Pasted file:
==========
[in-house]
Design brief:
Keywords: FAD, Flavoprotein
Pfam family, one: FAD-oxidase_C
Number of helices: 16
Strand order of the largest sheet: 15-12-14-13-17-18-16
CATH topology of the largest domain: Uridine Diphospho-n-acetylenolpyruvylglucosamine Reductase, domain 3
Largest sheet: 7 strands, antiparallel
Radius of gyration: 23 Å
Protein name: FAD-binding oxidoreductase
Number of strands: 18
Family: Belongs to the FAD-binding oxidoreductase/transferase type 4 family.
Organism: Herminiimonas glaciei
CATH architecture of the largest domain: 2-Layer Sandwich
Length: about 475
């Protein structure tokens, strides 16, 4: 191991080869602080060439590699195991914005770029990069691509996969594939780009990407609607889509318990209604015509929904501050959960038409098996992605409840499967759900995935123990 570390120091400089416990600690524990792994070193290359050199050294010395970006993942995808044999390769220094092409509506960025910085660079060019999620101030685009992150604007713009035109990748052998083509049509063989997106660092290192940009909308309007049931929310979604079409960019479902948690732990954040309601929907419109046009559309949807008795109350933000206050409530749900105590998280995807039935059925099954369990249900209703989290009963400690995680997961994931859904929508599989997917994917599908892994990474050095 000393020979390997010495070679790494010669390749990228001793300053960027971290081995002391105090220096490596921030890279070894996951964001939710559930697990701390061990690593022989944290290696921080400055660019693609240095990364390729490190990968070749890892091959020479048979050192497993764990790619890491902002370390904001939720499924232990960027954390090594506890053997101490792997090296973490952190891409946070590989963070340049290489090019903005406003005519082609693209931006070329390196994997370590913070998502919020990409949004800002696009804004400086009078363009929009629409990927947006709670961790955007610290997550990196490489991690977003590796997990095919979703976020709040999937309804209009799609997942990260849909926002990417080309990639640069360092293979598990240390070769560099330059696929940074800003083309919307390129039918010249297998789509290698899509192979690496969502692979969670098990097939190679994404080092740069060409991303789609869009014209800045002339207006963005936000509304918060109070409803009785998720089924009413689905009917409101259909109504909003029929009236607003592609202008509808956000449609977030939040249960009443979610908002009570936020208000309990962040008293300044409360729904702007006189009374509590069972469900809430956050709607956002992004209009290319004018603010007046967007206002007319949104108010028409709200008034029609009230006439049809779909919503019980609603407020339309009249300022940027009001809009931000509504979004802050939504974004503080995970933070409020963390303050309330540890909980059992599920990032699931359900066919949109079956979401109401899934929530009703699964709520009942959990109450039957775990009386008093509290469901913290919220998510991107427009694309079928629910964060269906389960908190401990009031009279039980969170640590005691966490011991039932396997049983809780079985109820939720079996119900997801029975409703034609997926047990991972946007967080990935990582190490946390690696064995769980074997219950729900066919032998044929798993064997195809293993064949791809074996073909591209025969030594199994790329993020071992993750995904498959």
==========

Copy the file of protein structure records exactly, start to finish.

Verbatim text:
[in-house]
Design brief:
Keywords: FAD, Flavoprotein
Pfam family, one: FAD-oxidase_C
Number of helices: 16
Strand order of the largest sheet: 15-12-14-13-17-18-16
CATH topology of the largest domain: Uridine Diphospho-n-acetylenolpyruvylglucosamine Reductase, domain 3
Largest sheet: 7 strands, antiparallel
Radius of gyration: 23 Å
Protein name: FAD-binding oxidoreductase
Number of strands: 18
Family: Belongs to the FAD-binding oxidoreductase/transferase type 4 family.
Organism: Herminiimonas glaciei
CATH architecture of the largest domain: 2-Layer Sandwich
Length: about 475
């Protein structure tokens, strides 16, 4: 191991080869602080060439590699195991914005770029990069691509996969594939780009990407609607889509318990209604015509929904501050959960038409098996992605409840499967759900995935123990 570390120091400089416990600690524990792994070193290359050199050294010395970006993942995808044999390769220094092409509506960025910085660079060019999620101030685009992150604007713009035109990748052998083509049509063989997106660092290192940009909308309007049931929310979604079409960019479902948690732990954040309601929907419109046009559309949807008795109350933000206050409530749900105590998280995807039935059925099954369990249900209703989290009963400690995680997961994931859904929508599989997917994917599908892994990474050095 000393020979390997010495070679790494010669390749990228001793300053960027971290081995002391105090220096490596921030890279070894996951964001939710559930697990701390061990690593022989944290290696921080400055660019693609240095990364390729490190990968070749890892091959020479048979050192497993764990790619890491902002370390904001939720499924232990960027954390090594506890053997101490792997090296973490952190891409946070590989963070340049290489090019903005406003005519082609693209931006070329390196994997370590913070998502919020990409949004800002696009804004400086009078363009929009629409990927947006709670961790955007610290997550990196490489991690977003590796997990095919979703976020709040999937309804209009799609997942990260849909926002990417080309990639640069360092293979598990240390070769560099330059696929940074800003083309919307390129039918010249297998789509290698899509192979690496969502692979969670098990097939190679994404080092740069060409991303789609869009014209800045002339207006963005936000509304918060109070409803009785998720089924009413689905009917409101259909109504909003029929009236607003592609202008509808956000449609977030939040249960009443979610908002009570936020208000309990962040008293300044409360729904702007006189009374509590069972469900809430956050709607956002992004209009290319004018603010007046967007206002007319949104108010028409709200008034029609009230006439049809779909919503019980609603407020339309009249300022940027009001809009931000509504979004802050939504974004503080995970933070409020963390303050309330540890909980059992599920990032699931359900066919949109079956979401109401899934929530009703699964709520009942959990109450039957775990009386008093509290469901913290919220998510991107427009694309079928629910964060269906389960908190401990009031009279039980969170640590005691966490011991039932396997049983809780079985109820939720079996119900997801029975409703034609997926047990991972946007967080990935990582190490946390690696064995769980074997219950729900066919032998044929798993064997195809293993064949791809074996073909591209025969030594199994790329993020071992993750995904498959």